Combining the Pulmonary Rehabilitation Decisional Score with the Bode Index and Clinical Opinion in Assigning Priority for Pulmonary Rehabilitation

Adriana Olivares, Michele Vitacca, Laura Comini

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Abstract

Combining objective tools with clinical decision (CD) may help clinicians identify the priority for pulmonary rehabilitation (PR) in patients with COPD. We aimed to assess the specificity, sensitivity and efficiency of a new tool, the Pulmonary Rehabilitation Decisional Score (PRDS), and its correlation with the BODE index (BI) and CD in assigning PR priority. We retrospectively compared the three methods (CD vs. PRDS vs. BI) in 124 patients. We assigned low priority (LP), high priority (HP) and very high priority (VHP) to PR based on a priori scores of PRDS (LP = 0-10; HP = 11-17; VHP ≥18) and BI (LP = 0-2; HP = 3-5; VHP ≥6) and compared these with CD. PR priority assigned by the different methods was similar among groups, but did not often refer to the same subjects. PRDS and BI showed very high concordance with CD in defining VHP (97.8% and 95.6% for PRDS and BI, respectively), but were less concordant with CD in assigning LP and HP. Both PRDS and BI differently evaluated 38/124 cases compared to CD (PRDS underprescribed 18 and overprescribed 20; BI underprescribed 19 and overprescribed 19). However, a direct comparison between PRDS and BI showed that the discordance decreased to 8 underprescriptions and 10 overprescriptions (efficiency ∼85%). An objective instrument such as the PRDS can enhance CD with additional information on new aspects such as disability and fragility. PRDS and BI are nonetheless equally efficient at detecting discrepancies versus CD alone, especially when the priority for PR is defined as low or very high.

Original languageEnglish
Pages (from-to)238-244
Number of pages7
JournalCOPD: Journal of Chronic Obstructive Pulmonary Disease
Volume15
Issue number3
DOIs
Publication statusPublished - Jun 2018

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Rehabilitation
Lung
Chronic Obstructive Pulmonary Disease
Sensitivity and Specificity

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title = "Combining the Pulmonary Rehabilitation Decisional Score with the Bode Index and Clinical Opinion in Assigning Priority for Pulmonary Rehabilitation",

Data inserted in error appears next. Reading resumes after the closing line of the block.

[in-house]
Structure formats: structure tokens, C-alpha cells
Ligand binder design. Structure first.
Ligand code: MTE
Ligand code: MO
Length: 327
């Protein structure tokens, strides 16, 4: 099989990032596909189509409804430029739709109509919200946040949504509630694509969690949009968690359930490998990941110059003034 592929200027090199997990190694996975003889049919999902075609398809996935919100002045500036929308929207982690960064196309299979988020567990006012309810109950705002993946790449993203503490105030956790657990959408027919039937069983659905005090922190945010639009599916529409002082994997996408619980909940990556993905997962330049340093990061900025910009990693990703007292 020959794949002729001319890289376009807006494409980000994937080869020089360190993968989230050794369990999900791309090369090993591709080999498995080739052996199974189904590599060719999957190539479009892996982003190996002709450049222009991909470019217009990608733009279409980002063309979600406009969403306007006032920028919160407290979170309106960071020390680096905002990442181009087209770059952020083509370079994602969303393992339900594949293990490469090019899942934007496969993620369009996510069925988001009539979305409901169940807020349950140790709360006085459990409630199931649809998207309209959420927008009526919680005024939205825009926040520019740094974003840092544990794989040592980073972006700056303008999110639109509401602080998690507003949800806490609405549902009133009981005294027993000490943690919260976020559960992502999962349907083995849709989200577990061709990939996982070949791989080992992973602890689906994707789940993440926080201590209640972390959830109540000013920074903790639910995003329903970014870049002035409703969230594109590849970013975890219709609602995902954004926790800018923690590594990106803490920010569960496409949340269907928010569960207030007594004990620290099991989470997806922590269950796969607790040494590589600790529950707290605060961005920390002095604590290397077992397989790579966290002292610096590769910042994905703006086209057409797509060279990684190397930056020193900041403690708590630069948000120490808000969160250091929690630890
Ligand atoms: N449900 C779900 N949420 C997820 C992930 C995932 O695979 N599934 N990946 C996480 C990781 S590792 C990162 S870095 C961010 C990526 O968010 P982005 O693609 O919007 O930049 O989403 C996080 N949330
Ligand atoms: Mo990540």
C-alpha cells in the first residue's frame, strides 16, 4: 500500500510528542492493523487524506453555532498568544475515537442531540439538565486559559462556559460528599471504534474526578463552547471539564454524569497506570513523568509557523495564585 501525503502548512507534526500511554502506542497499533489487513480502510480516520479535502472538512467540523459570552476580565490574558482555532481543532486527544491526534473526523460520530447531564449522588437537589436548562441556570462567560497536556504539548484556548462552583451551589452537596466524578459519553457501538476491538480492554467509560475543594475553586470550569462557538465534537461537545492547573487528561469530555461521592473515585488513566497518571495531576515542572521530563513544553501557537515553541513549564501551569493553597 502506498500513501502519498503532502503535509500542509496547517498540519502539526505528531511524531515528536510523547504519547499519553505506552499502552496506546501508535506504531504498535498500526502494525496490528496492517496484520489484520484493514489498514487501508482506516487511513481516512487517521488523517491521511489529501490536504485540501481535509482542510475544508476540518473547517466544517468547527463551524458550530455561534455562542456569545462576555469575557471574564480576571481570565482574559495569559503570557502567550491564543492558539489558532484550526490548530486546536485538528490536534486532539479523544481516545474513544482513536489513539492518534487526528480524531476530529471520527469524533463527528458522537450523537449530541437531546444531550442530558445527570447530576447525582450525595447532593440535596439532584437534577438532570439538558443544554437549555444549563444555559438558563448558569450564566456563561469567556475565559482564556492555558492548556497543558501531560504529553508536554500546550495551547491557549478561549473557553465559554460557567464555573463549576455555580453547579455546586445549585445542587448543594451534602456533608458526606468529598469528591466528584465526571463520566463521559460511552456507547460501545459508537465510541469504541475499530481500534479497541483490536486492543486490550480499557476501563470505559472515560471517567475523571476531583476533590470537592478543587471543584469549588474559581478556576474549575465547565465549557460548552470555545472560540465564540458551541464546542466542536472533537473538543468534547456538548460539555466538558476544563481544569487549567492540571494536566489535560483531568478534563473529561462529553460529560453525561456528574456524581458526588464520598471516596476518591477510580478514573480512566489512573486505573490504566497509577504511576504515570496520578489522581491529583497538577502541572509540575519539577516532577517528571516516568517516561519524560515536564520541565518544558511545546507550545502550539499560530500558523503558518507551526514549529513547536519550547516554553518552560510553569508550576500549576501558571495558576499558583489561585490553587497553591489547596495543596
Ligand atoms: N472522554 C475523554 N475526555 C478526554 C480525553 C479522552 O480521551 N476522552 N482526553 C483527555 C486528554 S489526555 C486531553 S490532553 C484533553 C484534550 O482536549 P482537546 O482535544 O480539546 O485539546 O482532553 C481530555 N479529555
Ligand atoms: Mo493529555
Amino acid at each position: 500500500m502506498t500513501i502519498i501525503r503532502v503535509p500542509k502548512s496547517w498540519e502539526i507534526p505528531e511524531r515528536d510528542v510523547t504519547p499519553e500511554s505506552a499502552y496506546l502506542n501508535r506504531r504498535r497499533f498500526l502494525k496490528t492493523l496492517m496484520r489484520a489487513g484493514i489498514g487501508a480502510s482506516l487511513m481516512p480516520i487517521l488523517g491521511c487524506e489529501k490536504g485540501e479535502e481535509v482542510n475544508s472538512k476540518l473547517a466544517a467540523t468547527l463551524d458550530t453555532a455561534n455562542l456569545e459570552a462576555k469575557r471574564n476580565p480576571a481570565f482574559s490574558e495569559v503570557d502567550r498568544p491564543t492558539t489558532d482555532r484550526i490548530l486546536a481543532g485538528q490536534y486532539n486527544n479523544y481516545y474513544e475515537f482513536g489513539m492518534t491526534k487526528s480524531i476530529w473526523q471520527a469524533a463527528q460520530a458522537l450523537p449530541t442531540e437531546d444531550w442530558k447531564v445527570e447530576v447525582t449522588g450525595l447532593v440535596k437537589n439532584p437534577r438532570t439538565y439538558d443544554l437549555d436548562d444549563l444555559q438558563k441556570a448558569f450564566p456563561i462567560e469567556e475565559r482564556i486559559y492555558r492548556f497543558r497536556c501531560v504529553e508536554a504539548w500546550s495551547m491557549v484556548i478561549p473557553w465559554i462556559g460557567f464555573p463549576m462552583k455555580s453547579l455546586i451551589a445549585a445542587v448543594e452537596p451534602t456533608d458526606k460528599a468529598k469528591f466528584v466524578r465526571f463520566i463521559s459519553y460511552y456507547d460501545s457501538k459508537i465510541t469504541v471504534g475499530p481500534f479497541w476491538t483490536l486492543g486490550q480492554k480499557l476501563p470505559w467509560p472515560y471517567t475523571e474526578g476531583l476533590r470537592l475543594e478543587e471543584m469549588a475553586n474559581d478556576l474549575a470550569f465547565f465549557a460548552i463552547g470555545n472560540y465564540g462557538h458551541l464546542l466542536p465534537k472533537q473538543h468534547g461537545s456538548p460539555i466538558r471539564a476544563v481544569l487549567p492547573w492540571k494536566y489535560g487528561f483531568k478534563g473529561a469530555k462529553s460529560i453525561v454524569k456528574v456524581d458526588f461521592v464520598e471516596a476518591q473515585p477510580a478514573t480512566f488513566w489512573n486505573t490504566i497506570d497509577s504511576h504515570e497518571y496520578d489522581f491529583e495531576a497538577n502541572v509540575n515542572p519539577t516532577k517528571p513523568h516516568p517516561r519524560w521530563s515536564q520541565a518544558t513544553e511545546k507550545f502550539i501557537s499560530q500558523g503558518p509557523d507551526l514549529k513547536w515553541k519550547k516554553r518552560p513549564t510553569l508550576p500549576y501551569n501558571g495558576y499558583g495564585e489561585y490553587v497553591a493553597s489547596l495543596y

abstract = "Combining objective tools with clinical decision (CD) may help clinicians identify the priority for pulmonary rehabilitation (PR) in patients with COPD. We aimed to assess the specificity, sensitivity and efficiency of a new tool, the Pulmonary Rehabilitation Decisional Score (PRDS), and its correlation with the BODE index (BI) and CD in assigning PR priority. We retrospectively compared the three methods (CD vs. PRDS vs. BI) in 124 patients. We assigned low priority (LP), high priority (HP) and very high priority (VHP) to PR based on a priori scores of PRDS (LP = 0-10; HP = 11-17; VHP ≥18) and BI (LP = 0-2; HP = 3-5; VHP ≥6) and compared these with CD. PR priority assigned by the different methods was similar among groups, but did not often refer to the same subjects. PRDS and BI showed very high concordance with CD in defining VHP (97.8{\%} and 95.6{\%} for PRDS and BI, respectively), but were less concordant with CD in assigning LP and HP. Both PRDS and BI differently evaluated 38/124 cases compared to CD (PRDS underprescribed 18 and overprescribed 20; BI underprescribed 19 and overprescribed 19). However, a direct comparison between PRDS and BI showed that the discordance decreased to 8 underprescriptions and 10 overprescriptions (efficiency ∼85{\%}). An objective instrument such as the PRDS can enhance CD with additional information on new aspects such as disability and fragility. PRDS and BI are nonetheless equally efficient at detecting discrepancies versus CD alone, especially when the priority for PR is defined as low or very high.",